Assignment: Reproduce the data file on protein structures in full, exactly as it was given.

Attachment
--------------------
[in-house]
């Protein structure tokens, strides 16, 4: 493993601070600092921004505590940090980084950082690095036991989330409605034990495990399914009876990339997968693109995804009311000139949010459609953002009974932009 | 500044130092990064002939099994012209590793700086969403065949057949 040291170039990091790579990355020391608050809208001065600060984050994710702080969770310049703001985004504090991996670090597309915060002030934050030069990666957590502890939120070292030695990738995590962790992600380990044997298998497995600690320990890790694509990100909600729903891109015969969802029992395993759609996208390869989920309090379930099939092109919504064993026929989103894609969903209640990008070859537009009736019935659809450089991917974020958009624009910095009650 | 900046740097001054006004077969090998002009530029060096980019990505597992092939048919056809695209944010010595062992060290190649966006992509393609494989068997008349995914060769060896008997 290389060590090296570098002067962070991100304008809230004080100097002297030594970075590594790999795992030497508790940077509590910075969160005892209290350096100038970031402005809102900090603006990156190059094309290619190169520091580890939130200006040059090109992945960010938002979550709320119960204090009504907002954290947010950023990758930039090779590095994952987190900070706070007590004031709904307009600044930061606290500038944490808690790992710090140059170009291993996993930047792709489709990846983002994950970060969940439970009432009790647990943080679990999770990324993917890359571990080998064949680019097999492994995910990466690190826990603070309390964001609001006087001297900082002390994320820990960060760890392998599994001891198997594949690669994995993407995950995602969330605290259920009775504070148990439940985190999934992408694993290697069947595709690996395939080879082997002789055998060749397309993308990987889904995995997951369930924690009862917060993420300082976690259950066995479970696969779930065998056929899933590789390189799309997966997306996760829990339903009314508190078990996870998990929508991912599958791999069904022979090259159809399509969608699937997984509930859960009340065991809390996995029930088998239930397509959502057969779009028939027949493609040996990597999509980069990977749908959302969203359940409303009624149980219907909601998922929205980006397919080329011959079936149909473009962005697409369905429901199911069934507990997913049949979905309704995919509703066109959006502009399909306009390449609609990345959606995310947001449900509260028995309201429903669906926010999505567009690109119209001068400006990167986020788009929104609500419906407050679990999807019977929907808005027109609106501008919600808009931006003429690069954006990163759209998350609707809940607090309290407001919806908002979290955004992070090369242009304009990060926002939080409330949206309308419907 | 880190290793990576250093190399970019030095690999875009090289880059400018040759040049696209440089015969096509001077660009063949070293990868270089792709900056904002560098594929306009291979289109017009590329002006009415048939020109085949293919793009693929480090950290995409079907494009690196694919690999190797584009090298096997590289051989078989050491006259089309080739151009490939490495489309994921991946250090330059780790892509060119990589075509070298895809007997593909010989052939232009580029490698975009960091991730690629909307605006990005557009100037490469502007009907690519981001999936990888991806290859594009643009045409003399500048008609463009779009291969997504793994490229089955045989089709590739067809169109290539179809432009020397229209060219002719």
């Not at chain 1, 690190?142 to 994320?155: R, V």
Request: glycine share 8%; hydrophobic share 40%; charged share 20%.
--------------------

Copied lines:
[in-house]
């Protein structure tokens, strides 16, 4: 493993601070600092921004505590940090980084950082690095036991989330409605034990495990399914009876990339997968693109995804009311000139949010459609953002009974932009 | 500044130092990064002939099994012209590793700086969403065949057949 040291170039990091790579990355020391608050809208001065600060984050994710702080969770310049703001985004504090991996670090597309915060002030934050030069990666957590502890939120070292030695990738995590962790992600380990044997298998497995600690320990890790694509990100909600729903891109015969969802029992395993759609996208390869989920309090379930099939092109919504064993026929989103894609969903209640990008070859537009009736019935659809450089991917974020958009624009910095009650 | 900046740097001054006004077969090998002009530029060096980019990505597992092939048919056809695209944010010595062992060290190649966006992509393609494989068997008349995914060769060896008997 290389060590090296570098002067962070991100304008809230004080100097002297030594970075590594790999795992030497508790940077509590910075969160005892209290350096100038970031402005809102900090603006990156190059094309290619190169520091580890939130200006040059090109992945960010938002979550709320119960204090009504907002954290947010950023990758930039090779590095994952987190900070706070007590004031709904307009600044930061606290500038944490808690790992710090140059170009291993996993930047792709489709990846983002994950970060969940439970009432009790647990943080679990999770990324993917890359571990080998064949680019097999492994995910990466690190826990603070309390964001609001006087001297900082002390994320820990960060760890392998599994001891198997594949690669994995993407995950995602969330605290259920009775504070148990439940985190999934992408694993290697069947595709690996395939080879082997002789055998060749397309993308990987889904995995997951369930924690009862917060993420300082976690259950066995479970696969779930065998056929899933590789390189799309997966997306996760829990339903009314508190078990996870998990929508991912599958791999069904022979090259159809399509969608699937997984509930859960009340065991809390996995029930088998239930397509959502057969779009028939027949493609040996990597999509980069990977749908959302969203359940409303009624149980219907909601998922929205980006397919080329011959079936149909473009962005697409369905429901199911069934507990997913049949979905309704995919509703066109959006502009399909306009390449609609990345959606995310947001449900509260028995309201429903669906926010999505567009690109119209001068400006990167986020788009929104609500419906407050679990999807019977929907808005027109609106501008919600808009931006003429690069954006990163759209998350609707809940607090309290407001919806908002979290955004992070090369242009304009990060926002939080409330949206309308419907 | 880190290793990576250093190399970019030095690999875009090289880059400018040759040049696209440089015969096509001077660009063949070293990868270089792709900056904002560098594929306009291979289109017009590329002006009415048939020109085949293919793009693929480090950290995409079907494009690196694919690999190797584009090298096997590289051989078989050491006259089309080739151009490939490495489309994921991946250090330059780790892509060119990589075509070298895809007997593909010989052939232009580029490698975009960091991730690629909307605006990005557009100037490469502007009907690519981001999936990888991806290859594009643009045409003399500048008609463009779009291969997504793994490229089955045989089709590739067809169109290539179809432009020397229209060219002719």
């Not at chain 1, 690190?142 to 994320?155: R, V």
Request: glycine share 8%; hydrophobic share 40%; charged share 20%.